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A viral video shows women joining to stop jeepney harassment



Jeepney on the street
A jeepney crossing the streets. (The Freeman / Gerry Lee Gorit)

A video clip on Twitter of how female power among passengers prevented an incident of harassment in a collective taxi toured the microblogging platform.

It was first published by the Twitter user @ 69caIum on April 13. Conversations about how women should protect each other in such situations came later.

The 45-second video showed a man looking at a woman who was sitting a passenger away from him.

When he tried to sit next to her, she and another woman moved to the other side and a third passenger moved by her side.

The Twitter user also shared snapshots of the recording that showed the man's face.

The identity of the user who captured the video and the location where it was filmed was not indicated.

In addition to the praise he got with the publication, several users pointed out how women have to adapt and work together to be safe in public.

"I hate that the years of this treatment have convinced us that we are always looking for danger over our shoulders, while perverts perpetuate this behavior and think it is okay," Twitter user @migssangtian said.

Meanwhile, Twitter user @jaicabajar said that this showed that the expression "children will be children" is wrong.

Public transport in the Philippines poses risks of harassment to passengers, particularly women, in addition to other crimes such as theft.

Last March, a student shared on Facebook how she woke up because someone was touching her private part.

Soon it caused other women to share their heartbreaking stories of sexual harassment in public transport vehicles.

Concrete laws required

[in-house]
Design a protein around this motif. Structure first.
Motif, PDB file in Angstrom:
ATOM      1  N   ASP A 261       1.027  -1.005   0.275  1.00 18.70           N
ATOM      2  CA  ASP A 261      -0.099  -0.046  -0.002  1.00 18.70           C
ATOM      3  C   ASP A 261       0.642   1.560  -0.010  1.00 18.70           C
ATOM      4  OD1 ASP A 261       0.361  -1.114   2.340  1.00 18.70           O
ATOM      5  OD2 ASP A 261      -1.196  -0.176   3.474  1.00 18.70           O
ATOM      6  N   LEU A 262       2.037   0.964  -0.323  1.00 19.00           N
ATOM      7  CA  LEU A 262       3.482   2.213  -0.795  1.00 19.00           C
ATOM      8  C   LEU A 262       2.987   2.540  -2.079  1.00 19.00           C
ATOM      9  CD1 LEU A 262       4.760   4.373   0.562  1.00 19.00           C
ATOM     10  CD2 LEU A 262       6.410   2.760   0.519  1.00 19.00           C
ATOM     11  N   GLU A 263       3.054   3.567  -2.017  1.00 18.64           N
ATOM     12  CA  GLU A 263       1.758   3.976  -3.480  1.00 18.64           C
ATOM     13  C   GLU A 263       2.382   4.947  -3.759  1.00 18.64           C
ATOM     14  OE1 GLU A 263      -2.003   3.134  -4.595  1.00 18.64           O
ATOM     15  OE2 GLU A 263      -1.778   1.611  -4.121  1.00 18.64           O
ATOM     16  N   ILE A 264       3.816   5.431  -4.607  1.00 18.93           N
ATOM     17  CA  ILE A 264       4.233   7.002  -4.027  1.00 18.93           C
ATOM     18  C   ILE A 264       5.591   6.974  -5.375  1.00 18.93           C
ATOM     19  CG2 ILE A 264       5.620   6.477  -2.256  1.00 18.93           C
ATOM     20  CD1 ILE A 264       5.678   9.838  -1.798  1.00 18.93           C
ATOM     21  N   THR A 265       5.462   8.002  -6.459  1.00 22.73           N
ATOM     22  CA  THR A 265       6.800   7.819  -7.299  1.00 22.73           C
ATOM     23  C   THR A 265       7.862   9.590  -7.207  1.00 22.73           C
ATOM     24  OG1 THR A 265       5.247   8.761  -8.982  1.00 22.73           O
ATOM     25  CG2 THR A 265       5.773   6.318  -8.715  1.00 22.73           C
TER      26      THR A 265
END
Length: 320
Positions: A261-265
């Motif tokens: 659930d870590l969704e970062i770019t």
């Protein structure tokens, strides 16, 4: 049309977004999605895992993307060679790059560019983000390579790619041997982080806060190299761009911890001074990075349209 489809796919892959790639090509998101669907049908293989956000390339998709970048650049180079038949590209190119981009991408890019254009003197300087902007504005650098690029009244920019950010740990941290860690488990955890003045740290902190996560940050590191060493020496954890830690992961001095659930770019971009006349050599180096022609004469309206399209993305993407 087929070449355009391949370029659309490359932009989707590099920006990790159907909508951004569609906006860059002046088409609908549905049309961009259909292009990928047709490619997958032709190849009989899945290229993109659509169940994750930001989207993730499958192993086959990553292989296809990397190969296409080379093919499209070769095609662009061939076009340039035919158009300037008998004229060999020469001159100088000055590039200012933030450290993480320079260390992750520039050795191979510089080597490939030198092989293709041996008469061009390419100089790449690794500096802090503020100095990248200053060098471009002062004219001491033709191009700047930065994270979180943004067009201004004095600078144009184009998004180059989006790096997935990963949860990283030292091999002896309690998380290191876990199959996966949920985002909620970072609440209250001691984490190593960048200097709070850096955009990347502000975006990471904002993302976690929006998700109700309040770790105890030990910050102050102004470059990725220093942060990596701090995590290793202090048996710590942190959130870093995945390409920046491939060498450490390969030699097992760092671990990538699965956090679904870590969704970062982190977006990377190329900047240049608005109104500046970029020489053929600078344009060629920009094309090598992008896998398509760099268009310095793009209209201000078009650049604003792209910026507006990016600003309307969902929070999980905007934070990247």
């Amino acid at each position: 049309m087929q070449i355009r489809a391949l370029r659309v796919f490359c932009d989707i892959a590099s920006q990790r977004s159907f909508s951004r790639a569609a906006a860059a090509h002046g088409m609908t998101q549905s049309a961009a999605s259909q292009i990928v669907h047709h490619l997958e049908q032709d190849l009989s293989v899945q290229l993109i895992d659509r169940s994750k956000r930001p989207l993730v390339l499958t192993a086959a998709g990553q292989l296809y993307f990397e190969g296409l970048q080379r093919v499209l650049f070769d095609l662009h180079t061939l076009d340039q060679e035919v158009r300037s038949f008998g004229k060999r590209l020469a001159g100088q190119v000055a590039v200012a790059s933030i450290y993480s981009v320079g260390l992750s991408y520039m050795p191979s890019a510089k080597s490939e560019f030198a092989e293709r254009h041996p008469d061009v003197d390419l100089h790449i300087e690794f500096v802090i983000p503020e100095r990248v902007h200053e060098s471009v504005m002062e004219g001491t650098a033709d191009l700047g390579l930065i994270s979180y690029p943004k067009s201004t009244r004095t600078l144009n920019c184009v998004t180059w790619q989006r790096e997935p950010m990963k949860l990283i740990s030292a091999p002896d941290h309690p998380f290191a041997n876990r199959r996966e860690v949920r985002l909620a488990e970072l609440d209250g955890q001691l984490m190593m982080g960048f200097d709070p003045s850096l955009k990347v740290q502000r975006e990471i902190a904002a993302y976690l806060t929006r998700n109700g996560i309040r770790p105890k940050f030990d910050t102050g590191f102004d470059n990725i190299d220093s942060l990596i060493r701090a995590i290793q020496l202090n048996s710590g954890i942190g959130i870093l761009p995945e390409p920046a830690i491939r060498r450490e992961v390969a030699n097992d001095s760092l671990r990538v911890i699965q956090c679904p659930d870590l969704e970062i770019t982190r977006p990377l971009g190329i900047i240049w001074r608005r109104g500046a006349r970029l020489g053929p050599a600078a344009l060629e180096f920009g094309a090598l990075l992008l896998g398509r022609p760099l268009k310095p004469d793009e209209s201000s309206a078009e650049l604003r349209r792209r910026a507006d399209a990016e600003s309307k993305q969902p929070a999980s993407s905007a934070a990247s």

The Women's Commission of the Philippines defines sexual harassment as "any unwanted sexual attention".

This can be in the form of verbal and physical acts. Verbal bullying includes lascivious comments and offensive jokes, while physical manifestation involves touching, rubbing the victim and raping her.

The government has yet to approve a specific measure that imposes sanctions against forms of sexual harassment in public, including when traveling by jeepney, buses and other PUVs.

Senate Bill 1326 or the "Safe Streets and Public Spaces Act of 2017", which aims to penalize public or street harassment, such as complaints, furtive looks and whistling in public places, has not yet been issued.

In Section 3, it states:

"Public spaces should include, among others, streets and alleys, public parks, schools, government buildings, shopping centers, bars, restaurants, transport terminals, public markets and public service vehicles."

The Sexual Harassment Act of 1995 only covers persons with authority in the workplace, schools and training institutions.

The proposed measure that will repeal this, House Bill 8244, also covers the same situations, but with more severe sanctions.

Quezon City and Manila, meanwhile, had banned claims and other similar forms of harassment in 2018.


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